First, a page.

If true, it means God has a boogeyman.
“God can’t abide sin. It offends him so much, he simply can’t have it in his presence. He’s just that holy.”
It’s an idea I’ve heard repeated by many a Christian. Evangelists in particular.
It’s particularly popular among people who can’t abide sin. Certain sins offend us so much, we simply can’t have ’em in our presence. We’re just that pure.
You can see why Christians have found this concept so easy to adopt, and have been so quick to spread it around. It’s yet another instance of remaking God in our own image, then preaching our remake instead of the real God.
Don’t get me wrong. ’Cause Christians do, regularly: I talk about grace, and they think I’m talking about compromise. Or justification. Or nullification. Or compromise. Whatever reason they can think of to ignore grace, skip forgiveness, disguise revenge as justice, and claim they only have those prejudices and offenses because God has ’em. You claim you practice grace? Then grant me some so I can explain.
God is definitely anti-sin. He told us what he wants and expects of his people. Both through his Law, and through the teachings and example of Christ Jesus. (I was about to write “and he didn’t mince words,” but Jesus kinda did in some of his parables. Regardless, any honest, commonsense Christian—and plenty of pagans—can figure Jesus out.)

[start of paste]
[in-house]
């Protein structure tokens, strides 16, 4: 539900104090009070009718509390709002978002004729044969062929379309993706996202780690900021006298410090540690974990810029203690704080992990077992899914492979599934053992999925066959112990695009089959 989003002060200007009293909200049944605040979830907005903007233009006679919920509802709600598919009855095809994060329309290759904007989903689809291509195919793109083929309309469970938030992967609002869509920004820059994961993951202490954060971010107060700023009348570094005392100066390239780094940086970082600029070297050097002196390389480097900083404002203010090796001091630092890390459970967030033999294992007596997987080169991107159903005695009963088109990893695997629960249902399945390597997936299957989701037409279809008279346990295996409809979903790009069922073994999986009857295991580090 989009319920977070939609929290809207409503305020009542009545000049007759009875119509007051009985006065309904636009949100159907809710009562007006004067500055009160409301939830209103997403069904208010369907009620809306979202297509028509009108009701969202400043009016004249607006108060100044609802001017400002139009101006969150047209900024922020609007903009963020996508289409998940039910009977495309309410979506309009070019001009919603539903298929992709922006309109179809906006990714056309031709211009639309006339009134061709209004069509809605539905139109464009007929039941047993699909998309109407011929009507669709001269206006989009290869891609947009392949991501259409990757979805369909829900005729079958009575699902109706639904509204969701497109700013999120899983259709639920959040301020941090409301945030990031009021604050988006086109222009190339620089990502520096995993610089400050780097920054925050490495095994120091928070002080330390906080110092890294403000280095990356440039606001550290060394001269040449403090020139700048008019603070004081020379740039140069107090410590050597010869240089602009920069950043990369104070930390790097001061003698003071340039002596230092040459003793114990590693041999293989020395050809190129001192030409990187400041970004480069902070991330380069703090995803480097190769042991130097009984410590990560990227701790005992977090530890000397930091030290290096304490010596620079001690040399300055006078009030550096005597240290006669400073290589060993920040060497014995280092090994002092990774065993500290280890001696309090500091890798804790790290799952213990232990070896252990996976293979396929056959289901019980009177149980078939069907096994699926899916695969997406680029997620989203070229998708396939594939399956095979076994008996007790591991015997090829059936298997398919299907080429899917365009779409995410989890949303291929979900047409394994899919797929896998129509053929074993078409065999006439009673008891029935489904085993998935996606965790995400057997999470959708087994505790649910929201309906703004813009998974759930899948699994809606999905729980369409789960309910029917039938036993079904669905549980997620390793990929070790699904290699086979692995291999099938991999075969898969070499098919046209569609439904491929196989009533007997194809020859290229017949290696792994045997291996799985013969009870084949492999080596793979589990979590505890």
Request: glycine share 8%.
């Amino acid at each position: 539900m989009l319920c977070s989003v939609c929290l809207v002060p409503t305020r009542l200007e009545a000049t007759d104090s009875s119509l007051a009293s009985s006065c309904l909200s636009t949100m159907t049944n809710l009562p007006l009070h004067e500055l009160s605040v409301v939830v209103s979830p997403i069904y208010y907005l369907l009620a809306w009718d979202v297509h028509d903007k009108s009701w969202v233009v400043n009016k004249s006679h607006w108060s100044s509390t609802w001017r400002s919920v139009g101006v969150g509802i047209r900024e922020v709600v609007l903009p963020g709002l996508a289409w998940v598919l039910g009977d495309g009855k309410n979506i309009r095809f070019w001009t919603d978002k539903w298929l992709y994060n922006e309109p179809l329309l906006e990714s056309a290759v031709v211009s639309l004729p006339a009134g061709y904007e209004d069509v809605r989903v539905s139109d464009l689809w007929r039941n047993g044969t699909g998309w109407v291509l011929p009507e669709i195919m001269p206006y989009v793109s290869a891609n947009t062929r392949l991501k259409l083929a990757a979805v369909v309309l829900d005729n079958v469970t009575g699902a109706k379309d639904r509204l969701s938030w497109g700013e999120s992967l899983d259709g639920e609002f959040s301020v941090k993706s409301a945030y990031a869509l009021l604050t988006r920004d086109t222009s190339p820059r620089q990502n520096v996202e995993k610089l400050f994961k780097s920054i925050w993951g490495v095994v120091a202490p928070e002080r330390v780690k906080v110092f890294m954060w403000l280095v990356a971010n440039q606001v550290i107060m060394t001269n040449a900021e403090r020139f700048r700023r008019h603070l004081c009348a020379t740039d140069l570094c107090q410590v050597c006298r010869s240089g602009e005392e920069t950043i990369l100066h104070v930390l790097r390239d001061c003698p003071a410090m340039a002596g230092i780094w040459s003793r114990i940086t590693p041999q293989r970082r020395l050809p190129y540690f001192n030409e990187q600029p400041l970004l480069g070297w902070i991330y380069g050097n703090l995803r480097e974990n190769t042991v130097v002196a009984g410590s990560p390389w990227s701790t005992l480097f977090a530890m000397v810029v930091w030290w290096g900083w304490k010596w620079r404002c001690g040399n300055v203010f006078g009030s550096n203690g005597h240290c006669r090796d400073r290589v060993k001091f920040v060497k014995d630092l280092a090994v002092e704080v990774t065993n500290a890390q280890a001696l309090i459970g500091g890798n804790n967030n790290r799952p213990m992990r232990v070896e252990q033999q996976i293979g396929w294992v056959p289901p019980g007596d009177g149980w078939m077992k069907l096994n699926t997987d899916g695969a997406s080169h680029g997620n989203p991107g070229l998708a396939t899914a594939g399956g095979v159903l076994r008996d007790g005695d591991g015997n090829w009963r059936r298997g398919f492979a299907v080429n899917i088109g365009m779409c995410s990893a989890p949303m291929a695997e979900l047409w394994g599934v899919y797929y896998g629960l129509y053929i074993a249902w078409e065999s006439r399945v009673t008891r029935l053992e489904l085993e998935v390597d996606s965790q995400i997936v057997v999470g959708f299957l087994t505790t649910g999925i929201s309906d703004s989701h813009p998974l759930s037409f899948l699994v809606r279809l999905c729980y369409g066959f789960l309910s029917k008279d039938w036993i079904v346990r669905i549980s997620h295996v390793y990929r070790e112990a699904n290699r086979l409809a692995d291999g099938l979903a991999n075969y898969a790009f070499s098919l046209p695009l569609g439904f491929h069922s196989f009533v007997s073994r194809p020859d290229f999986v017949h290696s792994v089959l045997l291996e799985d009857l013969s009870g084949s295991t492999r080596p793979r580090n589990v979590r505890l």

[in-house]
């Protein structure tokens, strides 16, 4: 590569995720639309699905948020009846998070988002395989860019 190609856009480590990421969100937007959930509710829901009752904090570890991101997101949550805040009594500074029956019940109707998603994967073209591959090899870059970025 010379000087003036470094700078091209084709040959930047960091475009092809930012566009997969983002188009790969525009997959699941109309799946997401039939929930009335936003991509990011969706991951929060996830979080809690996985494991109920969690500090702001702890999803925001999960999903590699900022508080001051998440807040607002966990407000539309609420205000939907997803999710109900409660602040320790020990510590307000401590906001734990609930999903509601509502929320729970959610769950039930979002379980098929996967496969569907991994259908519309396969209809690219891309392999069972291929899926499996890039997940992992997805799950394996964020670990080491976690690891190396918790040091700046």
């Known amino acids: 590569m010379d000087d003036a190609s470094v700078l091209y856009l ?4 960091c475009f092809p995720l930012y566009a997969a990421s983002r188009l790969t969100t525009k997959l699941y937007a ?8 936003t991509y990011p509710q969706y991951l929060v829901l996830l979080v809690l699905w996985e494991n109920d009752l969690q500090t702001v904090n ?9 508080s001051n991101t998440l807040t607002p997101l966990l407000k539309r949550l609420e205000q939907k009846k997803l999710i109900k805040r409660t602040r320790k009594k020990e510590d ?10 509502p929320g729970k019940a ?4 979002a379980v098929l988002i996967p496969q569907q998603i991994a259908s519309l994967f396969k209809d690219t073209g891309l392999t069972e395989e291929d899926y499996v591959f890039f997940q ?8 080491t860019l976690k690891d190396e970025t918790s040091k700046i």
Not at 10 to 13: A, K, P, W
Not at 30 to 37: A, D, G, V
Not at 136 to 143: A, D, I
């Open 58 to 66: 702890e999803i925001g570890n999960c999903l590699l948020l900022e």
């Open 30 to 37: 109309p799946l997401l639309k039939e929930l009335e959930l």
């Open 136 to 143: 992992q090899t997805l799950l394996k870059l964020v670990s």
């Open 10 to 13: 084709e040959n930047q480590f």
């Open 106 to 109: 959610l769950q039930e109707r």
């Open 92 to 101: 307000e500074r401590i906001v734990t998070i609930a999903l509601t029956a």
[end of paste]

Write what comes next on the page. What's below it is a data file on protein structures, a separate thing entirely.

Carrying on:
Yes, God’s offended by our willful disobedience. And he’s just as offended by the sins of people who don’t know any better: They do have consciences, after all.
But the issue isn’t whether sin bugs God. It’s whether sin bugs God so much, he can no longer practice grace. Whether he can’t abide sin—and therefore he can’t abide sinners.
If that’s the idea we’re spreading, we’re also spreading the idea we gotta clean ourselves up before we can ever approach God. Like when the Hebrews had to wash themselves for three days before the L
We’re also spreading the idea because God can’t abide sin, he won’t forgive it. Some of us went beyond the pale long ago, and can’t possibly approach him now. The magical substance of grace may exist, but it’s not for people who call out to God; it’s only for people whom God’s pre-selected long before, and everybody else is just plain screwed.
Basically, in order to defend our own lack of grace, we’re slandering God and making people hesitant to embrace him. Or even driving them away. Driving them to despair.